Chipmunks are always cute, but they are cuter out in the wild, well away from my bird-feeders. 🙂 This one was teasing me from the shelter of the brush around the base of a big tree on the shore of Day Brook Pond on the Kennebunk Plains Wildlife Management Area in West Kennebunk. Sony RX10iv at 600mm equivalent. Program mode with my custom birds and wildlife modifications. Processed in Polarr.
This little Chipmunk seemed to think he needed to explore me while I was walking the trail at Rachel Carson National Wildlife Refuge Headquarters in Wells, Maine. I first saw him near the trail, but when he saw me he scampered back into the woods, only to make a loop at about 12 feet, and come back toward me. He eventually ran out into the trail and around me in a tight circle, inches from my feet, before heading back into the woods on the same side as he started from. Who knows? These three shots were taken at close to my lens’ minimum focus distance of 4 feet at 600mm equivalent. Sony RX10iv in Program mode. Processed in Polarr.
Chipmunks are always more attractive in the field, as opposed to on our back deck on the bird feeders. This one posed so nicely on a branch hanging over the water at Day Brook Pond on the Kennebunk Plains Wildlife Management Area. It is actually the pattern of out of focus leaves and water behind the chipper that lifts the image slightly above the average “portrait of chipmunk”. Or that’s what I think 🙂
Sony RX10iii at 600mm equivalent field of view. 1/250th @ ISO 160 @ f4. Processed in Lightroom.
This bold little Chipmunk at the Wells National Estuarine Research Center at Laudholm Farms in Wells Maine apparently thought he could drive me off if he got close enough. He steadily advanced around the base of a tree. Here he is about 8 feet away, and I had to zoom back to get his full body in the frame. I already had my close focusing P610 out, having just photographed an Spring Azure Butterfly. The light was really lovely.
Nikon P610 at 900mm equivalent field of view. 1/250th @ ISO 160 @ f5.6. Processed in Lightroom.
This little Chipmunk inspired yesterday’s Day Poem, and my wife reminded me that, while it might have been the first forest dwelling Chipmunk we have seen this season, our back deck Chipper who comes for the scattered seeds under the feeders, has already put in an appearance. Does not count! He is almost a tame Chipmunk, or more like something in our own private backyard zoo. 🙂 This fellow on the other hand, as you can clearly see, has not been caging sunflower seeds this spring. He is still winter lean. But that is in the poem.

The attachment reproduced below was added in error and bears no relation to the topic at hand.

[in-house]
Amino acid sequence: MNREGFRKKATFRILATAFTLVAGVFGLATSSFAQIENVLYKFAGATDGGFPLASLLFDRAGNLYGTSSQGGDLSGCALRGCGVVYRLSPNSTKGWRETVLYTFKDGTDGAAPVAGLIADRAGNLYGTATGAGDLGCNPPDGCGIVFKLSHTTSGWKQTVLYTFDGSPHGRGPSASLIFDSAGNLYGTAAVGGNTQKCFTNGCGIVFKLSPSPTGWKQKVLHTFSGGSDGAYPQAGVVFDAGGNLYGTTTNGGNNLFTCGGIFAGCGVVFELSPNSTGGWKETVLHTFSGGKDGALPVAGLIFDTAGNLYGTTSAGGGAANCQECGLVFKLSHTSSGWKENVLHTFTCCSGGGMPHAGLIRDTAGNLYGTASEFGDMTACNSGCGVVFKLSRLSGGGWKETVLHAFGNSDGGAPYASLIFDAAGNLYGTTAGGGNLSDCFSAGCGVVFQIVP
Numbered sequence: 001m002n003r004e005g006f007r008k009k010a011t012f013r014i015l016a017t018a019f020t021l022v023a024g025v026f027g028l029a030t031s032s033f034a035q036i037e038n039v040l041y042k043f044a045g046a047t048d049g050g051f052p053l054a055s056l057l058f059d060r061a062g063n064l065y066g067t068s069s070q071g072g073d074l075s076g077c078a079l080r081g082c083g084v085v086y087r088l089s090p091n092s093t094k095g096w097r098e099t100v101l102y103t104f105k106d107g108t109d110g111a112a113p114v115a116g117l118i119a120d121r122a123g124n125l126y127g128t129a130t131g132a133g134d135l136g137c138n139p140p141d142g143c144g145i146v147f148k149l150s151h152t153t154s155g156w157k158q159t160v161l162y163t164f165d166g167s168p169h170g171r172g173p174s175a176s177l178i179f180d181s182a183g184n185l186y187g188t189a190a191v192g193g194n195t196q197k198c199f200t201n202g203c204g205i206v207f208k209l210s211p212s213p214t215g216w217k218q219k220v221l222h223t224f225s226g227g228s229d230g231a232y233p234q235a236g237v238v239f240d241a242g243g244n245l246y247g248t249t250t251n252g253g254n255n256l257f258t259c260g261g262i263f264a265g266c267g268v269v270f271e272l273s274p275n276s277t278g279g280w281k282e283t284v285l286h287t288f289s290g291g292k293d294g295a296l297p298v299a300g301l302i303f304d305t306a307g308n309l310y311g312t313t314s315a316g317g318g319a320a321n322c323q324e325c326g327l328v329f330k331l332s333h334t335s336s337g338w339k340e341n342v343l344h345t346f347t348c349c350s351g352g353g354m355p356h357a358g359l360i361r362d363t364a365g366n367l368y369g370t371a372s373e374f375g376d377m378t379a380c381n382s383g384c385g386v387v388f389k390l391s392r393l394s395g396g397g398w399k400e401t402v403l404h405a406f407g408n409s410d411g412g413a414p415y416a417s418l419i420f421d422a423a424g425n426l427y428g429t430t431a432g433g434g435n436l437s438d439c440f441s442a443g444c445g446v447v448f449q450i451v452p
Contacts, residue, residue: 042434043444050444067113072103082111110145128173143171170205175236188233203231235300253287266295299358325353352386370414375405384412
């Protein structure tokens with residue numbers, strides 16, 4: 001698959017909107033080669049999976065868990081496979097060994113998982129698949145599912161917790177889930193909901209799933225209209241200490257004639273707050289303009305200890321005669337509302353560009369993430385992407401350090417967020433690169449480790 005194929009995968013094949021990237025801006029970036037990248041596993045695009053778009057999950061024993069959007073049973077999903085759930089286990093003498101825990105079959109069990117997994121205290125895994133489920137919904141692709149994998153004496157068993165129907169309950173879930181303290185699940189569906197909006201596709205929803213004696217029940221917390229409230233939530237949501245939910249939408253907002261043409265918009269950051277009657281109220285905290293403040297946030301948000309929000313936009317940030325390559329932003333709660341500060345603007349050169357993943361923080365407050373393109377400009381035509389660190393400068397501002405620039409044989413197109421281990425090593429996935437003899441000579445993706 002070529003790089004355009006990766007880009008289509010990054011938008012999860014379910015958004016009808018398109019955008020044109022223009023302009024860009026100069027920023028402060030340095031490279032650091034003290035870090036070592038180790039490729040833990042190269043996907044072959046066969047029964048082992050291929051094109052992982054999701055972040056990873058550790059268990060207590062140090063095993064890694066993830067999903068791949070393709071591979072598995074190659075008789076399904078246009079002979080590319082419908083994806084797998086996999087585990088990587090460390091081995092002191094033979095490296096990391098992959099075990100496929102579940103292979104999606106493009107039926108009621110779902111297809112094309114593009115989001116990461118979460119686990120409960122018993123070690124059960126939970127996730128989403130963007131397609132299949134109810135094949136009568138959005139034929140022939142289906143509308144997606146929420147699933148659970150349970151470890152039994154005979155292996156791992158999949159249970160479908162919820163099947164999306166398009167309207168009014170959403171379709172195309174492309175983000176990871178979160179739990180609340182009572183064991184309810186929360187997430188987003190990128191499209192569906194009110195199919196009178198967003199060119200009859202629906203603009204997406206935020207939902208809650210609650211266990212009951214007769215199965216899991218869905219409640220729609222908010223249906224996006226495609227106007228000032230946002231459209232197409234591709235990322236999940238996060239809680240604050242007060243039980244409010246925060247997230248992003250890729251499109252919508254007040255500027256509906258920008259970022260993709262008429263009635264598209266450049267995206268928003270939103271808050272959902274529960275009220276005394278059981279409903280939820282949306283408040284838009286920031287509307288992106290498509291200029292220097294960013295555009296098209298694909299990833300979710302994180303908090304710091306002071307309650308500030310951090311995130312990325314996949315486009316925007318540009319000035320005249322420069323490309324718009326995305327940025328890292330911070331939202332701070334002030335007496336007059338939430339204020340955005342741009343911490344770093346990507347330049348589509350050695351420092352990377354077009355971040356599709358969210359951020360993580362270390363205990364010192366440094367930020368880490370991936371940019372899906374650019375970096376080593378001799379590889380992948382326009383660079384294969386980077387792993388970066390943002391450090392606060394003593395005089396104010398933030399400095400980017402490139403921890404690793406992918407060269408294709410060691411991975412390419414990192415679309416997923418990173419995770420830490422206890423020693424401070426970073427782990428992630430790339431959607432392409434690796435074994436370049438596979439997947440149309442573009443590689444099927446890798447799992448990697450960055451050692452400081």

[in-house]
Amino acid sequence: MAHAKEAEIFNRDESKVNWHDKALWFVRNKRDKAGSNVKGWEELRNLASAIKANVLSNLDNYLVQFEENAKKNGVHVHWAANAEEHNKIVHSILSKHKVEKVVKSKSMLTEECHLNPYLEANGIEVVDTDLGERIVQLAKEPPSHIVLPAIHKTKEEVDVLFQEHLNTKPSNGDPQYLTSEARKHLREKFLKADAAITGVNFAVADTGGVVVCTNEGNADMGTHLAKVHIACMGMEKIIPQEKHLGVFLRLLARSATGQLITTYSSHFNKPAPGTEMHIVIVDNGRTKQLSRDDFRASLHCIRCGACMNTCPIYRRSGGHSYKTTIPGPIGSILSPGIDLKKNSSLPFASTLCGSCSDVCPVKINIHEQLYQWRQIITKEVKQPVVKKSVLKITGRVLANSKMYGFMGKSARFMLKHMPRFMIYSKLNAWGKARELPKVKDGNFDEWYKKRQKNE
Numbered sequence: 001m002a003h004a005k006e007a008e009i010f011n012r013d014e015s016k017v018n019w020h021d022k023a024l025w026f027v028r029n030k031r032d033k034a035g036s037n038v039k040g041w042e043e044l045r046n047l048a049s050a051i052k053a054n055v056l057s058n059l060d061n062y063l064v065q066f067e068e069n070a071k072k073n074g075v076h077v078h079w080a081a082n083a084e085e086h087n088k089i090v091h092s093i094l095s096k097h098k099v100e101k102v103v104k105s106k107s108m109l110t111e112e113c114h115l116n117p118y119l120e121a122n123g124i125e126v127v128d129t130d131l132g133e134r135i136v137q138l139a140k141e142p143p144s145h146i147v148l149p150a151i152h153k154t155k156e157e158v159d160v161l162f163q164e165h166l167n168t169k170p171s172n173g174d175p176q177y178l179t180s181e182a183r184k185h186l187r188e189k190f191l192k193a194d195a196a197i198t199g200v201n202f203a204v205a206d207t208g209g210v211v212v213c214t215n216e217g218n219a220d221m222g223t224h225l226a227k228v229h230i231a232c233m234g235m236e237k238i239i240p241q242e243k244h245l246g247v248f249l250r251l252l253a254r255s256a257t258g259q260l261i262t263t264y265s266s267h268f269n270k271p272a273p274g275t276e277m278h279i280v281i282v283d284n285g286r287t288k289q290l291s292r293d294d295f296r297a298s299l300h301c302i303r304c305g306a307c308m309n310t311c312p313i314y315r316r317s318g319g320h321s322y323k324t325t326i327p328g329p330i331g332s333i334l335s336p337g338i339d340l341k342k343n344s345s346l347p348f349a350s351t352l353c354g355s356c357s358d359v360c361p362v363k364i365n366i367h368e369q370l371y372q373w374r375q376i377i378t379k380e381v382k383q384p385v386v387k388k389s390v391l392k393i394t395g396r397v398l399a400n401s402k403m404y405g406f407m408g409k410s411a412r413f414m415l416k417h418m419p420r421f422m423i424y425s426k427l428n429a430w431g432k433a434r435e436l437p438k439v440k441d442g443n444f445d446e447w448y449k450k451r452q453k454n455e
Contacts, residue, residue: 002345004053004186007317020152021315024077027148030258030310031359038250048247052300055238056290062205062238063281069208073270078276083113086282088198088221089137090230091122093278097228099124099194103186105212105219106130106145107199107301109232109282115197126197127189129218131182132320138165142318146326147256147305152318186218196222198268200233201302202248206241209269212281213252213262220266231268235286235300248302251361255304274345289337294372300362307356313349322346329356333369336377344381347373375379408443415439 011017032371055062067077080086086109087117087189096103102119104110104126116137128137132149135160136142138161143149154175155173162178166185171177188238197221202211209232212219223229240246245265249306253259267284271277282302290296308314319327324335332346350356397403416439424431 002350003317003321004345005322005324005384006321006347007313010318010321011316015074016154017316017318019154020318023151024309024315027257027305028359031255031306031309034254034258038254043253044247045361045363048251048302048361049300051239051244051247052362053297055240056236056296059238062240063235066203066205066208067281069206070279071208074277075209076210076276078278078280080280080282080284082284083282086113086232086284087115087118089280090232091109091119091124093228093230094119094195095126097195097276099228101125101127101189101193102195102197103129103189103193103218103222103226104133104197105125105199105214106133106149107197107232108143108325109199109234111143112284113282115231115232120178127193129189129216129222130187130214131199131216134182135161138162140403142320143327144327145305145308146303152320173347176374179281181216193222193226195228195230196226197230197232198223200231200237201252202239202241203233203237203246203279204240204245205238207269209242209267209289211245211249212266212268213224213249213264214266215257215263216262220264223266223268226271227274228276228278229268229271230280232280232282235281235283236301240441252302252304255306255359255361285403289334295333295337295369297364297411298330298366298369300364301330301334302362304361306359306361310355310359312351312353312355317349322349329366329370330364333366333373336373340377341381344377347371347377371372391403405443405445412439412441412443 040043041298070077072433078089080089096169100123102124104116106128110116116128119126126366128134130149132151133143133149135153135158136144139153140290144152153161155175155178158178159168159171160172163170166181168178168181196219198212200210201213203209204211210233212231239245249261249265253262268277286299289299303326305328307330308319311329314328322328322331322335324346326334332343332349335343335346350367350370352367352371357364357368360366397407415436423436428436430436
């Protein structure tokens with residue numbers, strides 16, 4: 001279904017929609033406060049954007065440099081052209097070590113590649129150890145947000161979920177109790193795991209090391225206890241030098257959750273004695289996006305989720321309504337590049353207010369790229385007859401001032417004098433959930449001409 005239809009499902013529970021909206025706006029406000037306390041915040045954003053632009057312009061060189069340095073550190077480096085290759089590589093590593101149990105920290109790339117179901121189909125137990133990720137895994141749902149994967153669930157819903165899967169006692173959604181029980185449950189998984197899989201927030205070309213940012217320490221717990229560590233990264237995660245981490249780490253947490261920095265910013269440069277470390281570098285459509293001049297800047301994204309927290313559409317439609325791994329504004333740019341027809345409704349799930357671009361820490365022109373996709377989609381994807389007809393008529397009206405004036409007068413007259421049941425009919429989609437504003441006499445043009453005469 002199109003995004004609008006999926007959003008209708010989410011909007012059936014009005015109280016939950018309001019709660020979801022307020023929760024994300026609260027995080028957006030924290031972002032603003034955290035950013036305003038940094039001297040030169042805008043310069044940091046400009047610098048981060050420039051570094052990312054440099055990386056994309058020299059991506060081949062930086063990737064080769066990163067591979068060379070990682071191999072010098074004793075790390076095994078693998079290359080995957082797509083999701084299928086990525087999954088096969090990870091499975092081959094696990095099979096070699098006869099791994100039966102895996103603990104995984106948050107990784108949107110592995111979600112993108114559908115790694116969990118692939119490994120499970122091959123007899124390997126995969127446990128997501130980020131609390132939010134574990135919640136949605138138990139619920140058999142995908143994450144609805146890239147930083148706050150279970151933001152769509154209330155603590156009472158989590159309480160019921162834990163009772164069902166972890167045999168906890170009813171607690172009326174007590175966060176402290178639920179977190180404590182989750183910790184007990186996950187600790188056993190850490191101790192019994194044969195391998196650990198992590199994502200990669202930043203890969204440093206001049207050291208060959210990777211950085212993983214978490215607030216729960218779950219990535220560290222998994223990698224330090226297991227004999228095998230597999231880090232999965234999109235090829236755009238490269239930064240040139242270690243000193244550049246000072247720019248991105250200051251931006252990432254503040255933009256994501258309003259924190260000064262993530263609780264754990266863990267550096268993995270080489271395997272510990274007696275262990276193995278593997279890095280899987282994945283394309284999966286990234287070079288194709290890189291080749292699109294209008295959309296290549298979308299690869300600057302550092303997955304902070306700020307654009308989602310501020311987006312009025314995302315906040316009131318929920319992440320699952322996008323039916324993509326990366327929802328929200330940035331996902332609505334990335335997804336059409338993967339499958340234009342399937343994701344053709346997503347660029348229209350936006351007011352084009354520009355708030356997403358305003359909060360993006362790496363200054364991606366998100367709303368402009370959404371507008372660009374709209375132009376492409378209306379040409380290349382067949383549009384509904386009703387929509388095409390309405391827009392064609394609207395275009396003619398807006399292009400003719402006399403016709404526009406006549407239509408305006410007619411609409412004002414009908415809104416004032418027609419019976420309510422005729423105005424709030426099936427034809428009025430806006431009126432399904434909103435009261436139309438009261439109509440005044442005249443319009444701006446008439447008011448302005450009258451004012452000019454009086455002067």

Walking out on Timber Point
and across the bar at low tide
to Timber Island today, we
encountered our first chipmunk
of the season…up from his
winter nap, looking lean, but
healthy, eager as ever for
whatever he could find in
the leaf litter to sustain him.
He stood a second, on hind
legs, against a slanting stick,
his tail curled up behind,
the very picture of anticipation…
hope personified…if you will
let me get away with saying
that of a chipmunk, ready
for warmer days and the coming
round of sprouts, shoots, buds,
blossoms…but ready too, if
nothing better is on offer,
to dine on a half rotten acorn
hidden in dim back beyond
of the abundant fall gone by.
Surely he can not remember,
and each acorn he finds
must come as total surprise,
manna from heaven, a gift
outright, amazing grace, if
he only knew…but then you
already let me get away
with calling him a person.
Nikon P900 at 1440mm equivalent field of view (I was too close for full zoom). 1/400th @ ISO 400 @ f6.3. Processed in Lightroom.
My late afternoon photoprowl at Laudholm Farm a few days ago was particularly productive. Just down the trail from the Common Yellowthroat with the bugs from yesterday’s post, I heard a chip close by and looked up into the branches of a small tree to find this Chipmunk posing. He was patient with my photography, giving me different sides, and letting me work around for angles for several minutes. He was inside the close focus on the Nikon P900 (16.5 feet) so I could not use full zoom. I even switched cameras for this shot, which uses the Sony HX90V’s Clear Image digital zoom for 1440mm equivalent field of view and a nice close-up. By this time the Chipmunk seemed to be wondering if I was done yet. 🙂 I moved on.